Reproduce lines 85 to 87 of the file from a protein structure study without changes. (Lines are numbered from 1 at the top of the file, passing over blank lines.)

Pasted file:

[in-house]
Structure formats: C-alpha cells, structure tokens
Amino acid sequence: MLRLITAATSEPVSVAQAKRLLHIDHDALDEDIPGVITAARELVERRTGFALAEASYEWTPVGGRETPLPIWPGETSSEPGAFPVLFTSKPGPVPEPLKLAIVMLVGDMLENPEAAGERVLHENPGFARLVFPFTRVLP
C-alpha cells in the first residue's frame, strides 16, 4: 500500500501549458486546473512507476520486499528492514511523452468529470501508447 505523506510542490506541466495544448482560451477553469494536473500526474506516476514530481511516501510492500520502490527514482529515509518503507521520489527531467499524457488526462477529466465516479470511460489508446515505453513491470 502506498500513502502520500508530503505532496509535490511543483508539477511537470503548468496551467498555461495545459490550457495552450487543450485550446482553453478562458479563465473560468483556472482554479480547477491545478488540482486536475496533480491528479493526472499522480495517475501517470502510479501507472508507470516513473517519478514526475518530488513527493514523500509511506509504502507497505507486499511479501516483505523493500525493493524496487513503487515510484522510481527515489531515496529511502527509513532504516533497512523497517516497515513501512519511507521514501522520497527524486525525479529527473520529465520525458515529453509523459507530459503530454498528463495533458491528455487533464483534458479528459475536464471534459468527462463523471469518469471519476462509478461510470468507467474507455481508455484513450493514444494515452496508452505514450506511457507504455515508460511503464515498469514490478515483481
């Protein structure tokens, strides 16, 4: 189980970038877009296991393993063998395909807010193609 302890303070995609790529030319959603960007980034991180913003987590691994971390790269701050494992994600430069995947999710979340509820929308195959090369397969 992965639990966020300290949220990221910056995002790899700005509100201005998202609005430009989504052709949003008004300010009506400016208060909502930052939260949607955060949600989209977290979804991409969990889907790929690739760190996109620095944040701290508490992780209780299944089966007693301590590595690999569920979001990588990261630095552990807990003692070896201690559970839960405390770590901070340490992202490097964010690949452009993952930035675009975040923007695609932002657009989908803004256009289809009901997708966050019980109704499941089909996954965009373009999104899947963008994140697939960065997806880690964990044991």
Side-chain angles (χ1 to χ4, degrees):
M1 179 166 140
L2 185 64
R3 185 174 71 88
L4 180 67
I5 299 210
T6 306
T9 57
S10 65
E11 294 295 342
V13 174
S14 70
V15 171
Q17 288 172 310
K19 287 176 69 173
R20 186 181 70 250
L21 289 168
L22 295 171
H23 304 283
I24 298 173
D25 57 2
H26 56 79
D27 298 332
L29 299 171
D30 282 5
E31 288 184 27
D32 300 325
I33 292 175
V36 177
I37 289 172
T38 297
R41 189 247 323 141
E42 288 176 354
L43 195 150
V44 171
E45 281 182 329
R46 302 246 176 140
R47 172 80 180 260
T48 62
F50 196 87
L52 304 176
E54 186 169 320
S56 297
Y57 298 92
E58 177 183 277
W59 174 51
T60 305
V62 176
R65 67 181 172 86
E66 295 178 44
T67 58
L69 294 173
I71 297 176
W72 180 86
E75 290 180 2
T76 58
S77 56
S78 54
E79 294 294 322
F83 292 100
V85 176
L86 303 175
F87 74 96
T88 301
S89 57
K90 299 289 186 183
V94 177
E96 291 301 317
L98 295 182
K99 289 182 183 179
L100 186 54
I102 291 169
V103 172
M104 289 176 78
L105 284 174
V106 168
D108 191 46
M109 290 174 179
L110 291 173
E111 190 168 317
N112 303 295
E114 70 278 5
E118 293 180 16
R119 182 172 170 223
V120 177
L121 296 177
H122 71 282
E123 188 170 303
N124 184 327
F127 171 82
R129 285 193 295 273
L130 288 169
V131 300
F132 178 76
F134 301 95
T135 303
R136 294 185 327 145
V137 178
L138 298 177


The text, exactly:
E111 190 168 317
N112 303 295
E114 70 278 5